The International HIV/AIDS Alliance warned today that Uganda’s “Anti-Homosexuality Bill” would have a disastrous impact on the country’s HIV response if it becomes law.
The Ugandan Parliament is poised to pass a bill which would see any person alleged to be homosexual at risk of life imprisonment. Other clauses within the bill mean that the reputation of anyone working with the gay or lesbian population such as medical doctors working on HIV and AIDS and civil society leaders active in the field of sexual and reproductive health could be severely compromised.
If the bill is passed it could lead to even more HIV infections in marginalised populations, especially among men who have sex with men. They will be prevented from having access to essential public health information, such as how to protect themselves from HIV and how to access life saving treatment and support services that are stigma-free.
With an HIV prevalence rate of 6.5% Uganda is a country where a large number of people living with HIV do not know their status and where access to treatment is still below 60%. Recent national data indicates a decline in condom use and public health programming generally is impeded due to the criminalisation of homosexual behaviour and the related widespread stigma. Denying men who have sex with men and transgender people access to HIV-related services puts all of the country’s citizens at risk.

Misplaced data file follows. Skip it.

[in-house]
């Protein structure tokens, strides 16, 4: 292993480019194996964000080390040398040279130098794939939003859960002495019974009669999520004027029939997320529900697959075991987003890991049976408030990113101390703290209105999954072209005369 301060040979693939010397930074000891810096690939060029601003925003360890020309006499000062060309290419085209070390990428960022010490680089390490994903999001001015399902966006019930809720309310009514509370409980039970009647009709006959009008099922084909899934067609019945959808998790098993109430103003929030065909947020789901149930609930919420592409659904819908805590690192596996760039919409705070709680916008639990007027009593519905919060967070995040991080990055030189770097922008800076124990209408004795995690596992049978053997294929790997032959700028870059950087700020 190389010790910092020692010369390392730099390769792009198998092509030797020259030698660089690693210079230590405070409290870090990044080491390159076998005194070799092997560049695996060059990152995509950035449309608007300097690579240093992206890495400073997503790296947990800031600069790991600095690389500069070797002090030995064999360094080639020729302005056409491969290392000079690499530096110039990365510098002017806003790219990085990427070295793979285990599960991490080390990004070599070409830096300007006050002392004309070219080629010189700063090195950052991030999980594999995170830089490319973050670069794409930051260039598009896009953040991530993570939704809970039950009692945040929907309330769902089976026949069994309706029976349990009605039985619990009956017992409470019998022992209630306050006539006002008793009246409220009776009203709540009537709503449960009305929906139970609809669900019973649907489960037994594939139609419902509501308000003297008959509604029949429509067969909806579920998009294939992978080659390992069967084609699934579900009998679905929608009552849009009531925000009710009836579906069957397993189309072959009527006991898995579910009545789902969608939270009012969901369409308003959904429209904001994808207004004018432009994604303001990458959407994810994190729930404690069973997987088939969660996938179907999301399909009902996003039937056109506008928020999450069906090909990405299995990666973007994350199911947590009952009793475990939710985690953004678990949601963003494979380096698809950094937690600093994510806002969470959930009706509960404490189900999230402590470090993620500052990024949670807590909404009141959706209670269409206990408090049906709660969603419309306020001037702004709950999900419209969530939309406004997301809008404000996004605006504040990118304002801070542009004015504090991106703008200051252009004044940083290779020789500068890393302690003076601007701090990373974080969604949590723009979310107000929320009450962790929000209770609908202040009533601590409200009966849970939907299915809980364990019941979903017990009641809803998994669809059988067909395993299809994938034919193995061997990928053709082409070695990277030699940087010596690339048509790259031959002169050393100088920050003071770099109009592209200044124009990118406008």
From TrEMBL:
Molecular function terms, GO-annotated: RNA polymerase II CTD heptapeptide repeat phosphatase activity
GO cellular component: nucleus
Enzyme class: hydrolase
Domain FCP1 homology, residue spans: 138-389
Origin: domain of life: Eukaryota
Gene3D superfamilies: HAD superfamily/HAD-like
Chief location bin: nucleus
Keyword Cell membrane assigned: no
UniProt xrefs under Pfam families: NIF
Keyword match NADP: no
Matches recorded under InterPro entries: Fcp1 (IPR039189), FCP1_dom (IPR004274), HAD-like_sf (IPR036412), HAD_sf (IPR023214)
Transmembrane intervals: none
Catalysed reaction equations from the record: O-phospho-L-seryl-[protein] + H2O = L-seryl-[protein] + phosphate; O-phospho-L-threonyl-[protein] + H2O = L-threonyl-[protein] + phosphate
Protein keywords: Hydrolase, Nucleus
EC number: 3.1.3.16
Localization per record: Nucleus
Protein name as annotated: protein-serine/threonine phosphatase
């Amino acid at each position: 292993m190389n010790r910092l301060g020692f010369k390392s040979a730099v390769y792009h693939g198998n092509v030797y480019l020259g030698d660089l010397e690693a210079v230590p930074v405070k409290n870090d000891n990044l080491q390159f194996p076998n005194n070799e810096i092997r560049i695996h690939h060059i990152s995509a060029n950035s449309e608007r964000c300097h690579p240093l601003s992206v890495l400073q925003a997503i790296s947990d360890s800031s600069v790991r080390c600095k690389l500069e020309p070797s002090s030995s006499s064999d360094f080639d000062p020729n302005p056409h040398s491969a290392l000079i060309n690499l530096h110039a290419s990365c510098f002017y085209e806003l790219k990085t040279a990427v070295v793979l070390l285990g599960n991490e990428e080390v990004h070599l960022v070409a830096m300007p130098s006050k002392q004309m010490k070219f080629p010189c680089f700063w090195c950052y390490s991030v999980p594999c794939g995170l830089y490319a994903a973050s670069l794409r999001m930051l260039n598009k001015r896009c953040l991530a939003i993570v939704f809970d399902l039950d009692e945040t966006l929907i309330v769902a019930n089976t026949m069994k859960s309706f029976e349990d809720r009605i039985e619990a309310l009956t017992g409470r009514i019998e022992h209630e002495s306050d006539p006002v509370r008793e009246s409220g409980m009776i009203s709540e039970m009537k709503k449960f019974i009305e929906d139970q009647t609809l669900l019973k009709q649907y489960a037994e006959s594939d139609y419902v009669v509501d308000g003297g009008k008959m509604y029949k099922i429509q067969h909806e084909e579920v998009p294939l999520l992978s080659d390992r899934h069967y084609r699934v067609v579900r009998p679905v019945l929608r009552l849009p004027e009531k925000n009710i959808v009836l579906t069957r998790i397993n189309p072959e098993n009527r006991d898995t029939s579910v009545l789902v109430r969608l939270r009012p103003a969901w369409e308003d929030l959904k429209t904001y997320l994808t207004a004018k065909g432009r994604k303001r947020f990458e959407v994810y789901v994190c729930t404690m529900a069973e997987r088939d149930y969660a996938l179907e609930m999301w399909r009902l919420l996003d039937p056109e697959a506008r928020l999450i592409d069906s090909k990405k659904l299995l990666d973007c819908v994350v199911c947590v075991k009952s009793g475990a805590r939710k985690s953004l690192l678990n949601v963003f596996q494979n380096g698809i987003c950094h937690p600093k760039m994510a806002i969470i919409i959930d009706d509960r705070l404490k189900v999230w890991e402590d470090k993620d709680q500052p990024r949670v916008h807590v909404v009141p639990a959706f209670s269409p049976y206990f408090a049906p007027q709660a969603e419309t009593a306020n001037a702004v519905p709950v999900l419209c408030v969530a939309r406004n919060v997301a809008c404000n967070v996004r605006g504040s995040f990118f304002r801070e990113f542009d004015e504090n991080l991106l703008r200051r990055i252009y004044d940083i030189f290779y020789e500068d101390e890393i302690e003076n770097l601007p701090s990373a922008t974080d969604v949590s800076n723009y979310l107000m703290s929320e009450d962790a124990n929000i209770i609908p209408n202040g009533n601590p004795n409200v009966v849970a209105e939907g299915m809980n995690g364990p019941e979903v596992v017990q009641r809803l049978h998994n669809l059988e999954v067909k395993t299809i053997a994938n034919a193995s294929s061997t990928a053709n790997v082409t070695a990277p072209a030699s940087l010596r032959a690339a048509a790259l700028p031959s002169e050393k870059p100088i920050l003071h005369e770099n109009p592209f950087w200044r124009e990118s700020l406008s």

The passing of the bill would be in stark contradiction to the Ugandan government’s previous outward concern about the impact of discriminatory legislation on HIV. Last September, Commonwealth Ministers of Foreign Affairs, including Uganda, agreed that “Heads of Government should take steps to encourage the repeal of discriminatory laws that impede the effective response of Commonwealth countries to the HIV/AIDS epidemic, and commit to programmes of education that would help a process of repeal of such laws.”
The Global Commission on HIV and the Law recently presented incontrovertible evidence that discriminatory legislation such as criminalization of homosexuality has a devastating impact and enhances HIV-related risks among men who have sex with men and other vulnerable groups most at risk of the epidemic. As the latest UNAIDS report on the Global Epidemic published this week indicates, it is such politically and socially isolated groups who bear the brunt of the HIV epidemic.
The Commission also stressed the need to have “laws that protect human rights to save lives, save money and end the epidemic.”
According to Christine Stegling, Associate Director of Best Practice at the Alliance: “The Anti-Homosexuality Bill has massive implications for delivery of HIV and broader health services in Uganda. An adverse legal environment where most at risk groups face being criminalised for their behaviour and made a target for harassment and violence is not the answer if we want to see the epidemic brought under control.
“To see a truly effective HIV response, civil society and health care providers have to be in a position to be able to work with all marginalised groups and be able to provide stigma-free services. It would be ironic if it wasn’t so tragic that World AIDS Day – a day when people worldwide unite in the fight against HIV – occurs next week. If the bill is passed, it will change the course of the epidemic in the country in completely the wrong direction and put the lives of thousands at risk.”
The Alliance has been working in Uganda since January 2005 to increase access to quality HIV services for all.